Alongside choice

This past weekend was a milestone event for my husband Mark and his career. He has stepped aside from the role of chairman of his company and is ramping down the time that he spends at work over the next few years. No, he is not yet retiring, but his focus is shifting. This was a much planned and intentional shift from both the home and work sides of the equation. Our family is already enjoying benefits of this decision.

When we dated and dreamed of our married days, it was always my desire to stay at home with children. I have kind of made a career of that! Some mothers have that same desire and the choice to do so. Others love to work and choose that path. Necessity and the stream of bills sometimes leave parents with little choice but to have two parents at work. Personally, I have great respect and admiration for each path taken.

In our home and with the demands of the work that Mark has chosen, having mom stay at home and keep things afloat there has worked best. Along the way I have exercised my own gifts and talents in various volunteer spaces and places. I am extremely grateful for the resources, experiences and people that we have met in connection with his company.

Yet, my personal relationship with this job is also a bit complicated. At times I have felt jealous and resentful of the time and energy required of him. At the same time, there is great joy in seeing him flourish in a place where he is able to utilize his talents and gifts. I have felt tired and lonely when he is out of town, but have also delighted in the fact that he has had a career that is fulfilling and challenging year after year. The mere fact that his pay more than allows me the choice of holding down the Wilson fort is a gift. Mixed emotions for sure.

I recently heard my mom once again say something like, “when I was in college, most women had the choice between being a teacher or a nurse” – both wonderful professions, but not for everyone. My mom would have made a wonderful architect… When I was in college, there were certainly broader options for women but the challenges to fulfill career dreams remained, as they often still do today. At Mark’s company, there is currently a focused initiative on how to adapt and support women for long-term retention – that warms my mom of daughters, feminist heart.

This past weekend, Mark and I were blindsided by a beautiful and touching recognition of his leadership role and my support of him in that pursuit. It was humbling and emotional. Much is a blur, but my proudest moment was when he was referred to as a servant leader, one thing about him that I deeply love and respect. There is something incredibly attractive about seeing a grown man choke up and cry. Most of us don’t get standing ovations from a big room full of people, though many more should. It was an honor to share the spotlight on that night.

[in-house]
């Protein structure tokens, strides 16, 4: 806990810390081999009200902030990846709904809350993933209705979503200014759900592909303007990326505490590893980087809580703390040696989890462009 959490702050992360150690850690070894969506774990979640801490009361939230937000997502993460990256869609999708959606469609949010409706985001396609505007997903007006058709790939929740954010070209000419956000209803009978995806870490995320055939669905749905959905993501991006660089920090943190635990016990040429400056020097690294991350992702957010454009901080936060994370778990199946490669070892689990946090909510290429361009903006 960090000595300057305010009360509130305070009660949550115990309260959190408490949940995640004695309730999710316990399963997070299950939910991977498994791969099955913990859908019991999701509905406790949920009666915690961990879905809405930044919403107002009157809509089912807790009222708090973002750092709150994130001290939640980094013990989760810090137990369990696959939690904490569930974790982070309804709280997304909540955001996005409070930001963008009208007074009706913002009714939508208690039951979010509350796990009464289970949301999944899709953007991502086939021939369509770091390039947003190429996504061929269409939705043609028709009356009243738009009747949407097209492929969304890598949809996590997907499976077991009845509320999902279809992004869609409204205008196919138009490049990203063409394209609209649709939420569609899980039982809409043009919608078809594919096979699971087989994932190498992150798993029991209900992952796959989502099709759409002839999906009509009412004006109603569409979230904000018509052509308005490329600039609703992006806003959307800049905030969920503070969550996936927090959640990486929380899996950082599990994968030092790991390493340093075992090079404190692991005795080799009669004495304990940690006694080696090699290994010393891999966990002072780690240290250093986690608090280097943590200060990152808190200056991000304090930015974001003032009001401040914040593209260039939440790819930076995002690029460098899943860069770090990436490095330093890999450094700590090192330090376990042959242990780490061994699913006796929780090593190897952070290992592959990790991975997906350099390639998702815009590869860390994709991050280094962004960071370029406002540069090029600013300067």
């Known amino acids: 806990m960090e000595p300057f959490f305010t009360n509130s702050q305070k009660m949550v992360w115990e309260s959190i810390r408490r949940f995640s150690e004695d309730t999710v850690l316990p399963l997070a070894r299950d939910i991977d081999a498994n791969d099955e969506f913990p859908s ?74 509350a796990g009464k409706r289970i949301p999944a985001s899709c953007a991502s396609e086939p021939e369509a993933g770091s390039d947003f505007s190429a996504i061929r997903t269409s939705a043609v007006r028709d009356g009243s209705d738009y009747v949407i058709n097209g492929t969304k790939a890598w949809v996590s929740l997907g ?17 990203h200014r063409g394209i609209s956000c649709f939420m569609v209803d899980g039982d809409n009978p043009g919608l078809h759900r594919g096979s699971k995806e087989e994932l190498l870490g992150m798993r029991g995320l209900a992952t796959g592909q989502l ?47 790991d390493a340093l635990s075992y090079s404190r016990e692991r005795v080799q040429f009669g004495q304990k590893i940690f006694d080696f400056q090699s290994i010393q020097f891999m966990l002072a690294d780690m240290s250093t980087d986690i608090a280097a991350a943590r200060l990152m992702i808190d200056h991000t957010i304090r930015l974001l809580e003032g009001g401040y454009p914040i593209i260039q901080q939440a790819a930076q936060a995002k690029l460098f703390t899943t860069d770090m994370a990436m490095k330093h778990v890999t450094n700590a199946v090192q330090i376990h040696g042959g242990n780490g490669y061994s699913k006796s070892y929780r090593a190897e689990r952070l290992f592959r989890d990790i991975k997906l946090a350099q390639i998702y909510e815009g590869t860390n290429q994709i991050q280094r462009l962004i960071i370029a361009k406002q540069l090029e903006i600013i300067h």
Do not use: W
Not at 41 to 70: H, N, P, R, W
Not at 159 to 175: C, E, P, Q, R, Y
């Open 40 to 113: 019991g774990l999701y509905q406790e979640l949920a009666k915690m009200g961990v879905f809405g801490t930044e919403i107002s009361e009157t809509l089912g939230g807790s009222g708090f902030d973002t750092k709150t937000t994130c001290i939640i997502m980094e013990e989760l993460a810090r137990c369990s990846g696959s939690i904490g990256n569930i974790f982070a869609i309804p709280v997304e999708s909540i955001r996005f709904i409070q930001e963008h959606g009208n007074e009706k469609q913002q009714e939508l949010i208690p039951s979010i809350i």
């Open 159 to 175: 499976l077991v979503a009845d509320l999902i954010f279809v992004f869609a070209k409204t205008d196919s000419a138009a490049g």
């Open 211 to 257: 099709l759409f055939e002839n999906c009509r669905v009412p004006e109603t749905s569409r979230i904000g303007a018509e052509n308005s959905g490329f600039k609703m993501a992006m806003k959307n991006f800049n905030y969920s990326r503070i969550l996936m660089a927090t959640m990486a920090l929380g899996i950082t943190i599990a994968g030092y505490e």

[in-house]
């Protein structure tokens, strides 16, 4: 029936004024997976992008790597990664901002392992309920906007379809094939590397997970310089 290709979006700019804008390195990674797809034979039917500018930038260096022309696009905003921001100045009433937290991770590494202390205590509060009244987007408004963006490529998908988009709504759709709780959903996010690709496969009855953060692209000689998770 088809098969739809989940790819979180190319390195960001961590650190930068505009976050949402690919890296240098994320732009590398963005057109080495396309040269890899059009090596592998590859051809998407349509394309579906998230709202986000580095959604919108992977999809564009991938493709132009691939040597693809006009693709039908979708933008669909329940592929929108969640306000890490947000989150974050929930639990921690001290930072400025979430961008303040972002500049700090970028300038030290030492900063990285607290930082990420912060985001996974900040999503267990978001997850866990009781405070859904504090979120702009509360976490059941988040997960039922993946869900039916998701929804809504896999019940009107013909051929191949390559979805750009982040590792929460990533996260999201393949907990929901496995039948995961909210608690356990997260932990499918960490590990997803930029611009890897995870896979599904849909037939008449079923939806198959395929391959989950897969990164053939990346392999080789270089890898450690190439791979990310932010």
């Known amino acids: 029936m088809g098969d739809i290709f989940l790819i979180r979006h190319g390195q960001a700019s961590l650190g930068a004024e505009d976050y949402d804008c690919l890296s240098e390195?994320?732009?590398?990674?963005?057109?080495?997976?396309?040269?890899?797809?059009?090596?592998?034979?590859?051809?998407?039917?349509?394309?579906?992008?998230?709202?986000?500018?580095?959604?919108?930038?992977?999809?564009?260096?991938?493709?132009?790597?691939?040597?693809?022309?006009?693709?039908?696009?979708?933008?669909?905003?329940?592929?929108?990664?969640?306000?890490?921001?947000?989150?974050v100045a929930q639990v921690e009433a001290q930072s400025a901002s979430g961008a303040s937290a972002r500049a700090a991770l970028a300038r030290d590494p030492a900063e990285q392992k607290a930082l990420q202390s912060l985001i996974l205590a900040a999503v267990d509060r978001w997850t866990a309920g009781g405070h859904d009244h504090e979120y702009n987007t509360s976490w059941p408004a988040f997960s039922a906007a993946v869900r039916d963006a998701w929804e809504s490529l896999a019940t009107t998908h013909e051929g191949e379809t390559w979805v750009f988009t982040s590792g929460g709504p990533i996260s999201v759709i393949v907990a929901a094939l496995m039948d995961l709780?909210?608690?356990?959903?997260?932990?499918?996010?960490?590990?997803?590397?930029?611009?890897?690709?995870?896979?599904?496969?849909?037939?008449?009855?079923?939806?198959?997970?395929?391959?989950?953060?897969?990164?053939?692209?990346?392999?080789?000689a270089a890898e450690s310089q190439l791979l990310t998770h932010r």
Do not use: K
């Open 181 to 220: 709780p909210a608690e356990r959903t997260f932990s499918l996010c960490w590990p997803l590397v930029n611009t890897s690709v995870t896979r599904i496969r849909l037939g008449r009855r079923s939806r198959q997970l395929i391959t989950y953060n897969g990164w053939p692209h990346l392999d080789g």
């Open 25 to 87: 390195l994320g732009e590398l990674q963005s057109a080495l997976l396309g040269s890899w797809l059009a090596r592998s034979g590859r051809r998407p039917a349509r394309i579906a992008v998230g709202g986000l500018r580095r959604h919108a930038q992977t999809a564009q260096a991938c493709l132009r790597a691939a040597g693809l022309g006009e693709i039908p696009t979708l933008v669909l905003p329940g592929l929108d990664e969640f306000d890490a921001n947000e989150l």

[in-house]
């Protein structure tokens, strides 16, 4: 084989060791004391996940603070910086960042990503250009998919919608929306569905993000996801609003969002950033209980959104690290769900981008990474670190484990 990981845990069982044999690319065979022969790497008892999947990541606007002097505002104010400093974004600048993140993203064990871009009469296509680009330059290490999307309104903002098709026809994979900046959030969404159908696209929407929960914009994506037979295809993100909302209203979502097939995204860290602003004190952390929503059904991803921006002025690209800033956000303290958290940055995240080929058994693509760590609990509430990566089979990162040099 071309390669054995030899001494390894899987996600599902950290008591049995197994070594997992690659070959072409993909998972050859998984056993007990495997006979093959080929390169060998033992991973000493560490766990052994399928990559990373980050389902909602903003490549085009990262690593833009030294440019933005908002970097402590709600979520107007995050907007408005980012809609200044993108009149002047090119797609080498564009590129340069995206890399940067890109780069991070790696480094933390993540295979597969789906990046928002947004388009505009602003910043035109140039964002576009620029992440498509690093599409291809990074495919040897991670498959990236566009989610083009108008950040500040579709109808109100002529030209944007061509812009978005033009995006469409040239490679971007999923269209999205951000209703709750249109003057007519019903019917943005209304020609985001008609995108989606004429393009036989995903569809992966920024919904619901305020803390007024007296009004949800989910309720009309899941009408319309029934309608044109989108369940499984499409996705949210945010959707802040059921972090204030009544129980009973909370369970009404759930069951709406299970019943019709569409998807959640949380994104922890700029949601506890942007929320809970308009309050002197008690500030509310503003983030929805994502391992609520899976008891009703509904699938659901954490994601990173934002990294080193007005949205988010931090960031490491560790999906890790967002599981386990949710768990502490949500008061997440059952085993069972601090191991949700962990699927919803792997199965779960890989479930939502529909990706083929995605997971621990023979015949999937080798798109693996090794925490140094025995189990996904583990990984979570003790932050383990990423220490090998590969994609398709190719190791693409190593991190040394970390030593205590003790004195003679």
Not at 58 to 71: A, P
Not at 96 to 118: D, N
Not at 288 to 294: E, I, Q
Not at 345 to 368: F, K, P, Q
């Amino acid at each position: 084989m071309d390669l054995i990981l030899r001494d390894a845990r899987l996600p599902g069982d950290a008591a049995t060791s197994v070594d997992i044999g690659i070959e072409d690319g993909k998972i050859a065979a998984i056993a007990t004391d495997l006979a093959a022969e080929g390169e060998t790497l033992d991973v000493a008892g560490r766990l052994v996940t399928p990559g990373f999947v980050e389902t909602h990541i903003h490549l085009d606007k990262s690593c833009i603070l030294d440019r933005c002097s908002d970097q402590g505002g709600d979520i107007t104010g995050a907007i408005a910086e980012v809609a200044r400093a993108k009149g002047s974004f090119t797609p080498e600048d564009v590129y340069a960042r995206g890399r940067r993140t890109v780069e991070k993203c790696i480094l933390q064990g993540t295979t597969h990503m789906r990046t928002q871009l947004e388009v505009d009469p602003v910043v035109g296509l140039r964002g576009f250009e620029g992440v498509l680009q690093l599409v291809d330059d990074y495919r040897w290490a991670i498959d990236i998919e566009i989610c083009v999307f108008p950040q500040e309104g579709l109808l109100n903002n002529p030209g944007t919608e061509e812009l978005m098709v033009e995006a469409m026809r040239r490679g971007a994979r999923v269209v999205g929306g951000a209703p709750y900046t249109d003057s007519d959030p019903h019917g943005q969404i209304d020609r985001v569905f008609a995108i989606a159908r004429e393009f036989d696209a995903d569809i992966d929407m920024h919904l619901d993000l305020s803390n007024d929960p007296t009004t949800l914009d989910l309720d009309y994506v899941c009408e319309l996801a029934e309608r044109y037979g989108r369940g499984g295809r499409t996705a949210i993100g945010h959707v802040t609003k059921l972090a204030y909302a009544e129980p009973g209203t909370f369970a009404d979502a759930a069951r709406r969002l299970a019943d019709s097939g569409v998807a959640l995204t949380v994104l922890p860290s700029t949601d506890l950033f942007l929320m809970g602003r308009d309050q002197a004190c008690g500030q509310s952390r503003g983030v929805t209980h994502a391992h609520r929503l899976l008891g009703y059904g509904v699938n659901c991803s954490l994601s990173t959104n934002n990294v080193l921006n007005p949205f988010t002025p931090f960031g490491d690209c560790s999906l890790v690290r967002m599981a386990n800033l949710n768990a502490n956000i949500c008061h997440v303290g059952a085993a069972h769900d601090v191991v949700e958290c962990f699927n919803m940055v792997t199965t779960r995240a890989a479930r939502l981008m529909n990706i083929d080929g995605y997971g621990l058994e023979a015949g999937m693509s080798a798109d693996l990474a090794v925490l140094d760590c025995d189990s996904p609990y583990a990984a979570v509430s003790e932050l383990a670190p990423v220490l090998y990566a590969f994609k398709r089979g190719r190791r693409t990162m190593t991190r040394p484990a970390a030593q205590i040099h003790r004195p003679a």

Getting to the decision for my husband to begin to step away from work and more toward home has been quite a process. It has required a great deal of honest communication – sometimes in love, sometimes in desperation and hopefully always with respect and open ears and hearts. At times it has felt like a great big negotiation full of compromise from every side.

Work-life balance is challenging. One of my favorite moments during the recent weekend was when two company employee dads shared that they make it a priority to show up at their children’s schools each and every week for an extended period of time. As to the missed work, they stated that they figure it out. It is also exciting to see more female presence in a company that has traditionally been predominantly male. I have seen flexibility and progress in this area during the 25 plus years since Mark began his work in that place.

As I reflect on the emotions and the observations from this past weekend, hope arises. I have a great deal of optimism for both our daughters and our sons as they move toward work-life balance and choices. Hope that their choices will be broader and approached with greater imagination and the careful consideration of both partners’ wishes and dreams, whatever they may be. Optimism that each will have voice and choice in the path forward for their family.

My husband’s company is quite mindful that the time and energy required of its’ employees has an impact on the children and spouses in each family story. They often express gratitude for sacrifices made. On Saturday night when I was asked to share the spotlight, I received beautiful flowers with this note attached, “Behind every good man is a great woman. Thank you.” From their perspective, I am certainly behind the scenes. There isn’t a lot of immediate gratification nor glory in my chosen profession. And I truly appreciate the acknowledgement that this career path has been a team effort.

photo 6

But in this next season of life, I hope that at its’ close, Mark and I can write this to each other: “alongside every good partner is another”. That is our desire and choice for this next phase. I look forward to all that we will learn and experience together and separately in the days to come.

An early morning view of the Dallas skyline where we spent the weekend.

An early morning view of the Dallas skyline where we spent the weekend.